MENDOZA, ARGENTINA – We arrived in Mendoza today and if we feel up to it tomorrow we are going on our first trek: up from 2,080 meters to 2,700 meters on Mount Mihlo, just outside of Mendoza. This will begin the acclimatization process for us.
I was anxious to see if I felt any effects from the altitude at 2,000 meters and at first it felt no different than life at sea level. But just walking around on the undulating terrain around Francisco and Jeannine's home made me aware that I was breathing harder than normal. My legs feel strangely heavy. It could be that it's just been an extremely long day.
There was a lot of snow in the mountains around Mendoza this past winter (thank you, El Niño), but summer is finally here and the weather is normalizing.
What we are doing: Blog Introduction
Expedition leader Francisco Seufferheld in the mountains near Mendoza.
Photo by Jeannine Koninckx
High altitude expeditions require a LOT of gear. One needs “approach boots” (high quality hiking boots) and “summit boots” (which are enormous and look like they might be good for a walk on the moon), as well as many layers of clothing. We must be prepared to ascend from the Argentinian summer heat to bitter cold at the highest elevations.
We spent four months collecting the gear and making decisions about what would work best for each situation or predicament.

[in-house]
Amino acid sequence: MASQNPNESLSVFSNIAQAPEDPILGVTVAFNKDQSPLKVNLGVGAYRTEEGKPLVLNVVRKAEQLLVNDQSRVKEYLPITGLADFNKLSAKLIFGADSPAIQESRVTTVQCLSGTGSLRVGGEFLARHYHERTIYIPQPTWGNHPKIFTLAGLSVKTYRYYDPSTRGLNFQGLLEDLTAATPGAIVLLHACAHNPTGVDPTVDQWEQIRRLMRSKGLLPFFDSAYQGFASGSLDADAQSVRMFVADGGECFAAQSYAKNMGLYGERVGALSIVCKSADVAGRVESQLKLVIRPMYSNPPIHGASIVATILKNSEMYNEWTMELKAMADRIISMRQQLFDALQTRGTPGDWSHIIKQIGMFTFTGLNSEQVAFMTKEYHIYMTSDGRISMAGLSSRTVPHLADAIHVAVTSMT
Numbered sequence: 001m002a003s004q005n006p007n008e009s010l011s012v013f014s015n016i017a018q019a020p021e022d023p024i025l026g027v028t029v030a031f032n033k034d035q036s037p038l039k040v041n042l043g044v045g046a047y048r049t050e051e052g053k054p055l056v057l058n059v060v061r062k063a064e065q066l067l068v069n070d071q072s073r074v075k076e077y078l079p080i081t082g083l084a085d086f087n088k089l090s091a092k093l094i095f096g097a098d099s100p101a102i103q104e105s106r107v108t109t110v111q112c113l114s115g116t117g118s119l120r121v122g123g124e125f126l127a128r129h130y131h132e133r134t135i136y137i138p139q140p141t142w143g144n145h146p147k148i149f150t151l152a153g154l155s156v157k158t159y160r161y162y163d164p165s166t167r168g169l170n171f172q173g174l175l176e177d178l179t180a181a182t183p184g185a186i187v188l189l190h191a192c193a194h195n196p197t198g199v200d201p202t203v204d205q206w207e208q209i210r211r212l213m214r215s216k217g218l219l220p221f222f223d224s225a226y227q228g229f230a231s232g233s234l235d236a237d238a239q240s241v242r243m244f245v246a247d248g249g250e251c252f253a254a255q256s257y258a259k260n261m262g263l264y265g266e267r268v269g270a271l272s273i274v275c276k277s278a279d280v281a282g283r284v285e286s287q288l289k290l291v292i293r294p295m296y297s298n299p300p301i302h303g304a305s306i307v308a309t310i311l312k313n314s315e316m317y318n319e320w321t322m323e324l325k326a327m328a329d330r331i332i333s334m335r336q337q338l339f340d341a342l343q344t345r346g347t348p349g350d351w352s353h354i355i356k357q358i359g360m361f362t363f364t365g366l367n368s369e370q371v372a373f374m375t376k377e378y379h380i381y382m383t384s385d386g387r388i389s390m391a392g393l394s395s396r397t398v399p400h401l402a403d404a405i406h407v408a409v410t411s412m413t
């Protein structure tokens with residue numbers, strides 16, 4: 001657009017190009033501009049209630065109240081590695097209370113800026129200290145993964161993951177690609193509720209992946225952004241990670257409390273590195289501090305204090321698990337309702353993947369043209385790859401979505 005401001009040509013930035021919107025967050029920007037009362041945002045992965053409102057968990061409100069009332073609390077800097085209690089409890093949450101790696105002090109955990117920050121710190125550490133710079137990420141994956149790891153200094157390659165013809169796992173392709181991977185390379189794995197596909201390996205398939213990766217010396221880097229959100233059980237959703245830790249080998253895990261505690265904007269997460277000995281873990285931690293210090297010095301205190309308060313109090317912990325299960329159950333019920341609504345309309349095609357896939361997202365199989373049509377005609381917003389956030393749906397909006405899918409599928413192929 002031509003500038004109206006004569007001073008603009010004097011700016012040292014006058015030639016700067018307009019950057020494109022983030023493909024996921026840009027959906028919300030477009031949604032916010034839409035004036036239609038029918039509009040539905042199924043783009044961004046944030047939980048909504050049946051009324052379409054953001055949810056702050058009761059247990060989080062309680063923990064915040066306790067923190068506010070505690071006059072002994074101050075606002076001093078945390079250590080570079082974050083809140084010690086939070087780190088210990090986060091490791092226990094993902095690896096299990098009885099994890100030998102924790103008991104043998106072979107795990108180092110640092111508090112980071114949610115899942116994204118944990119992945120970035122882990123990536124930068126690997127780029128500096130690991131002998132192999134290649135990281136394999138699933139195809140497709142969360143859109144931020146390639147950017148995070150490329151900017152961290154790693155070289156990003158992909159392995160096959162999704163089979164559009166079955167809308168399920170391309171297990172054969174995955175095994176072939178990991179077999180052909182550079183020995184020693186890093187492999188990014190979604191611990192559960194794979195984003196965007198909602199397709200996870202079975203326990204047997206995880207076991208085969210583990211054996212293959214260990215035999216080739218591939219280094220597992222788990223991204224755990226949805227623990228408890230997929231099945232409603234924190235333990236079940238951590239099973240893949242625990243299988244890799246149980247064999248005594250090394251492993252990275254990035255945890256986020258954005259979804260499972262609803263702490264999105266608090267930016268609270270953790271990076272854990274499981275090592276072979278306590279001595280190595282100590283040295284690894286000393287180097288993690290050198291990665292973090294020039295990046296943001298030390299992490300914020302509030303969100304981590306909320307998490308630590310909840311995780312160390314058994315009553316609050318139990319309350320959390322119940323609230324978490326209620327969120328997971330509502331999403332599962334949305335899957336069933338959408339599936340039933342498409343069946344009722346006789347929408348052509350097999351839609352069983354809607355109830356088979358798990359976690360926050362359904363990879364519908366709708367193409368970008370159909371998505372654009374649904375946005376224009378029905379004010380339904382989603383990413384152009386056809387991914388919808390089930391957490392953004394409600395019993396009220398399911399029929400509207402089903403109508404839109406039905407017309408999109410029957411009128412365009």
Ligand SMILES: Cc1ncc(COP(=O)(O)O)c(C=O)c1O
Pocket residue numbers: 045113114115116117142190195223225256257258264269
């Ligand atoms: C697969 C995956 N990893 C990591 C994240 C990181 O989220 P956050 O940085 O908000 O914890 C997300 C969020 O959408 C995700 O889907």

Protecting my hands, for example, required a lot of planning. I want to take photographs and shoot some video as we ascend, and my camera, a Canon SL1, is about 30 percent smaller than the standard Canon DSLR. This is great for portability but makes it even harder to operate in the extreme cold. I need to keep my hands warm, but also maintain dexterity.
The solution? High altitude mittens over cold weather mittens over gloves. When I want to take a photograph, I'll have to take off the outer mittens (and not lose them). The inner mittens, which were designed for cold-weather photographers, will zip open to allow some of my gloved fingers to emerge for camera fiddling.
I'm not sure I have all the gear I need, or the right gear. But that is the point of these early treks in the mountains around Mendoza. We need to see how we, and our gear, hold up under a variety of conditions.
Failure is always an option: On the Road